e. You do not have to be a rocket scientist to appreciate the potential of time travel when dealing with System Restore. Anything from new accounts, computer or workgroup names or domain membership (you may be warned), and programs installed are lost -- does not uninstall programs, although it does remove executable files and DLLs. To avoid orphan programs and shortcuts, make notes or remember these things before doing a roll back. Otherwise, uninstall first. Although you can restore from Safe Mode, you cannot undo a restore operation.

13. When using MSCONFIG and you clear the Load System Services check box on the General tab, Windows will permanently deletes all restore points for the System Restore utility. Do not do this if you want to retain your restore points for System Restore or if you must use a Microsoft service to test a problem, [Paragraph 5, Q310353].

14. The article [Q307852] discusses the Last Known Good Configuration feature, a recovery option used to start a system by using the most recent settings that worked and restores registry information and driver settings that were in effect the last time the computer started successfully. The Last Known Good Configuration feature should be used when the system cannot be started after having make changes that bomb or when you suspect that a change made causes a problem. For example, this feature could be used to start the computer after installing new drivers which don't work or incorrect driver and the system has not already been restarted. When a system is started using the Last Known Good Configuration, the information in the following registry key is recovered:


Note: The Last Known Good and System Restore features provide a compliment of functionality to assist a user in recapturing a machine in a non-bootable state. When the system detects a failed boot attempt, it will automatically select the Last Known Good option from the F8 menu which a users can also elect to use. Using the Last Known Good, users can usually boot into either the Safe or Protect (Normal) mode. However, if users want to revert undesired changes to the system to recapture previous state, System Restore is used. "IOW", Last Known Good Configuration should be used when there is a non-bootable state. Once booted into either Safe Mode or Normal Mode, System Restore can be used to capture optimal previous state. System Restore cannot be accessed unless the system is bootable into either Normal or Safe mode.

15. The article [Q306546] discusses how to use the Driver Roll Back Feature to restore a previous version of a device driver, and to restores any driver settings that were changed when new drivers were added. However, please note that printer drivers cannot be rolled by.

Note: Please also read the TechNet article, "How to Roll Back a Device Driver."

Warning: System Restore with its active change monitoring design captures all monitored file and registry changes made by installing a new device driver but when a driver doesn?t work a user should merely reinstall the previous driver -- or one that worked, and continue operation. Since driver installation is only a subset of the overall system state, it should be noted that using System Restore to revert undesirable changes to the system resulting from driver installations, it will also revert any other changes to the system made since the last restore points created -- created automatically when a driver is installed. "IOW", anything between the previously created restore points and this one will be lost, and could be anything from changes to desktop appearance, dial-up networking settings, or just about anything forgotten about.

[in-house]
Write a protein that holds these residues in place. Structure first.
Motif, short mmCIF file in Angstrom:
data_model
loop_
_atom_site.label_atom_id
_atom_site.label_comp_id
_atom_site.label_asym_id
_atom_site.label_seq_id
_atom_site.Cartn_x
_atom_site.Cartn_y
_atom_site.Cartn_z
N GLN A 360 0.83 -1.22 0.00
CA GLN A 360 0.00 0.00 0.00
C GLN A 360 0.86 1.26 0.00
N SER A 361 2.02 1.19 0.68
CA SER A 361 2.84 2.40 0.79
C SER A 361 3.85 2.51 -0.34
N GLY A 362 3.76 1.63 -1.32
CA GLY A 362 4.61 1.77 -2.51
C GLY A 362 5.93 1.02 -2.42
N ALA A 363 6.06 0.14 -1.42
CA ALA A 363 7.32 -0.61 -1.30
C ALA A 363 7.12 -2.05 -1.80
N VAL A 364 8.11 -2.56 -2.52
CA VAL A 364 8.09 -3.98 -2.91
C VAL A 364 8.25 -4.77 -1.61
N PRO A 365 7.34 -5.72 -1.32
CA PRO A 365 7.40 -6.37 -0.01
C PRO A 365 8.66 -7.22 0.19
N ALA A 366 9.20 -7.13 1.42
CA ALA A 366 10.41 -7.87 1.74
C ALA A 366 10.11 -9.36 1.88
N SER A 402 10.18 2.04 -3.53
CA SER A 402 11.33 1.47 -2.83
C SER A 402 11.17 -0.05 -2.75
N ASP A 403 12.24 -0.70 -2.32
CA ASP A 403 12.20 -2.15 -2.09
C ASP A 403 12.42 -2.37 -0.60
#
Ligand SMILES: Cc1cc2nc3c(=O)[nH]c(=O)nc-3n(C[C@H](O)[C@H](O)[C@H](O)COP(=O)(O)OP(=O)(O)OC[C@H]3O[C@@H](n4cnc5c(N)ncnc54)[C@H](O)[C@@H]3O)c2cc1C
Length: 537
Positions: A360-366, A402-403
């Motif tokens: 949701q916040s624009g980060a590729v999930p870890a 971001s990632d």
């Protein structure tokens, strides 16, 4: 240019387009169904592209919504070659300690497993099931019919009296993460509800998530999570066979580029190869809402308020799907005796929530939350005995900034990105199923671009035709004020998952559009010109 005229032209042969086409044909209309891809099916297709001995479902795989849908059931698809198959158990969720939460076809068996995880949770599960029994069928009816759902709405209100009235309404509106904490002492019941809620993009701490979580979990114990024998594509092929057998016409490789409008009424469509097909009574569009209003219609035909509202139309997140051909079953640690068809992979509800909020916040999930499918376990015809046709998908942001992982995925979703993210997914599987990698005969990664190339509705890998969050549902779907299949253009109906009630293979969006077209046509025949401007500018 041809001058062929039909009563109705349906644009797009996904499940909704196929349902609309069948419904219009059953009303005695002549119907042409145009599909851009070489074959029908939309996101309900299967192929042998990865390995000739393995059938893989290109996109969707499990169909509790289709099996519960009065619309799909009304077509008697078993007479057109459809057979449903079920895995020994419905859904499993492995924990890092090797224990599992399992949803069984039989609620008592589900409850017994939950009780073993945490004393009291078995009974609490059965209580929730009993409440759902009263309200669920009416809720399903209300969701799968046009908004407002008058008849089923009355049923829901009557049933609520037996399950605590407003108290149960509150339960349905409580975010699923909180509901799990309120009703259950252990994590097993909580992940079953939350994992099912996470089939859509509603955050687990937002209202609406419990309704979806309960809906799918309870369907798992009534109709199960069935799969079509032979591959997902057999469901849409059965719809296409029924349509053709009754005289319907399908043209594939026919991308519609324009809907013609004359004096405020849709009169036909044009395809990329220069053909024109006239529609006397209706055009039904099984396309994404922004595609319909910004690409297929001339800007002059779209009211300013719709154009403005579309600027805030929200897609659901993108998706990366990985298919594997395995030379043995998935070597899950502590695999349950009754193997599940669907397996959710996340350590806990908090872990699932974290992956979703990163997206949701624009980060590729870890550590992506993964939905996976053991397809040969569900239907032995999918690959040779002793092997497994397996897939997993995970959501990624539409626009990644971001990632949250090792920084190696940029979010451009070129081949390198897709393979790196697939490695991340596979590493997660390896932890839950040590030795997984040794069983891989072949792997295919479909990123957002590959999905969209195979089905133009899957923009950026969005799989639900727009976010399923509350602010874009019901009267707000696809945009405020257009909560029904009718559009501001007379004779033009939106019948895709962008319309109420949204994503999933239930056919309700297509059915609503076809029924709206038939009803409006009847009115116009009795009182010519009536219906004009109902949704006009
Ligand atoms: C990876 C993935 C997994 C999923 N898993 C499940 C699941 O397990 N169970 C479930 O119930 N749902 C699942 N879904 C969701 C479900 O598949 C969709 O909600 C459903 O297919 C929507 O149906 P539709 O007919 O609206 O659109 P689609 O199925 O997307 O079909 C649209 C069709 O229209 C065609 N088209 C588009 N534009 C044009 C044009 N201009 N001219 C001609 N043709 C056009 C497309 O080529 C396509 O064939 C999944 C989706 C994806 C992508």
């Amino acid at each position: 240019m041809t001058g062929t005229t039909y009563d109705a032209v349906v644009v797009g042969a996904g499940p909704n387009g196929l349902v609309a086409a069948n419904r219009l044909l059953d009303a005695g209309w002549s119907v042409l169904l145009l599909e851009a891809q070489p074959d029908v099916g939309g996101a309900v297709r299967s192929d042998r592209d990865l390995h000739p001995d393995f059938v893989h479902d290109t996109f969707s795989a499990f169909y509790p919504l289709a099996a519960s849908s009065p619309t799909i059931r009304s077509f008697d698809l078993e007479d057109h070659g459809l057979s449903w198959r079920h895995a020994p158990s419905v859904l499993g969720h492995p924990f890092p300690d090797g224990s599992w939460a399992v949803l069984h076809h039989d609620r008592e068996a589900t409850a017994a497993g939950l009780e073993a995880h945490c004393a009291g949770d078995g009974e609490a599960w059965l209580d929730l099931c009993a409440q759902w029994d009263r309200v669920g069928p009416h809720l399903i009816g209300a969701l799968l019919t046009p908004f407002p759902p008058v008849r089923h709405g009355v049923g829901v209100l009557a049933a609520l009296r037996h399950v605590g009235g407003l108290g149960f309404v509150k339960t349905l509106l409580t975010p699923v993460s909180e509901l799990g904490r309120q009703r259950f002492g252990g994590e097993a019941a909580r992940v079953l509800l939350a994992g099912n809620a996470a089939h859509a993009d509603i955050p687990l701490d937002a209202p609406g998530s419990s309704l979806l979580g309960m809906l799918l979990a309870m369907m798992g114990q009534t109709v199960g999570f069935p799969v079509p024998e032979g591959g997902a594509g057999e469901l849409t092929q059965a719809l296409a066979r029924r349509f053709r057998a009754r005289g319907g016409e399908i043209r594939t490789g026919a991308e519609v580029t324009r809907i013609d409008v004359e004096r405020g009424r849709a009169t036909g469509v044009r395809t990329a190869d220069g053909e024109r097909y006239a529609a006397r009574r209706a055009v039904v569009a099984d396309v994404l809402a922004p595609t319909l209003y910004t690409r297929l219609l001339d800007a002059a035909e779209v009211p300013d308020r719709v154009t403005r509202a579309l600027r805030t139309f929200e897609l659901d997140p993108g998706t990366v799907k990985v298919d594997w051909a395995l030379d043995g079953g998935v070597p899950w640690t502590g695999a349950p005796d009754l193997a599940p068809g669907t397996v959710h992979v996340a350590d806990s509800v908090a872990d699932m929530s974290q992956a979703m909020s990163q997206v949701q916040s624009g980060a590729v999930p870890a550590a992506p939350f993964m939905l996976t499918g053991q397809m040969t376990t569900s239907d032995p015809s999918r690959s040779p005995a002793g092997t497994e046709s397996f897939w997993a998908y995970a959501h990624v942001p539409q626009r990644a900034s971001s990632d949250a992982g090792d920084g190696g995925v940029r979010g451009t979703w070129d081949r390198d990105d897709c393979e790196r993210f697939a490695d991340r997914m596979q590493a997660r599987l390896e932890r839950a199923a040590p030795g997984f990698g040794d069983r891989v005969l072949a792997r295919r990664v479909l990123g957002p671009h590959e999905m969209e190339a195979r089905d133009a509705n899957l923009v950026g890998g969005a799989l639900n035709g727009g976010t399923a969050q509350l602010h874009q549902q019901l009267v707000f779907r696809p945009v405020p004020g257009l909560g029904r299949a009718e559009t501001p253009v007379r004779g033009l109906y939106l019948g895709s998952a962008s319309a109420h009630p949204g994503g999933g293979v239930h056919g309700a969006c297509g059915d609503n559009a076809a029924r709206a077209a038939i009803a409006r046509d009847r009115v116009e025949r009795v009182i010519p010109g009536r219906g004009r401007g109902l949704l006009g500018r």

16. When an in-place upgrade is performed, all existing restore points are removed and a new System Checkpoint restore point is created after the in-place upgrade is complete.

Warning: Do not perform an in-place upgrade if it is necessary to roll back a system to a previous state, [Q301224]. In addition, your system may lose data or program settings, [Q312369].

17. Backup copies of registry files (either from the first time Windows was started or the last time the Backup utility was used to perform a System State backup) are stored in the %systemroot%\Repair folder and are replaced after an in-place upgrade is complete.

Warning: If backups may be needed to restore the system after an in-place upgrade is completed, they must be copied to another location before the upgrade is accomplished, [Q315341].

18. Supplemental reading to include their related links:

a. "SR Calendar Is Not Updated Properly if You Modify System Clock Date While SR Interface Is Still Open (Q281779)."

b. "System Restore Points Time and Date Change (Q282814)."

c. "How to Use the System Restore Utility with Windows Management Instrumentation (Q295299)."

d. "The Registry Keys and Values for the System Restore Utility (Q295659)."

e. "A Description of the "Restore Startup Programs" Option That Is Used When You Upgrade to Windows XP (Q300886)."

f. "Troubleshooting System Restore in Windows XP (Q302796)" and it's internal eight references.

g. "Cannot Start Windows XP if the System or Software Hive Is Missing or Damaged (Q303012)."

h. "Restore Point Creation Takes Up to 10 Minutes if the WMI Service Is Not Running (Q305992)."

i. "Restore Windows XP to a Previous State (Q306084)."

j. "System Restore Tool Displays a Blank Calendar in Windows XP (Q313853)."

k. "A Description of the Safe Boot Mode Options in Windows XP (Q315222)."

l. "You Cannot Create a Network Connection After You Restore Windows XP (Q329441)."

Note: This issue may occur if the manufacturer's drivers for a HighPoint RAID controller type HPT370, HPT370A, or HPT372 are installed. This issue may occur with driver revisions 2.30 and 2.31, which are not digitally signed.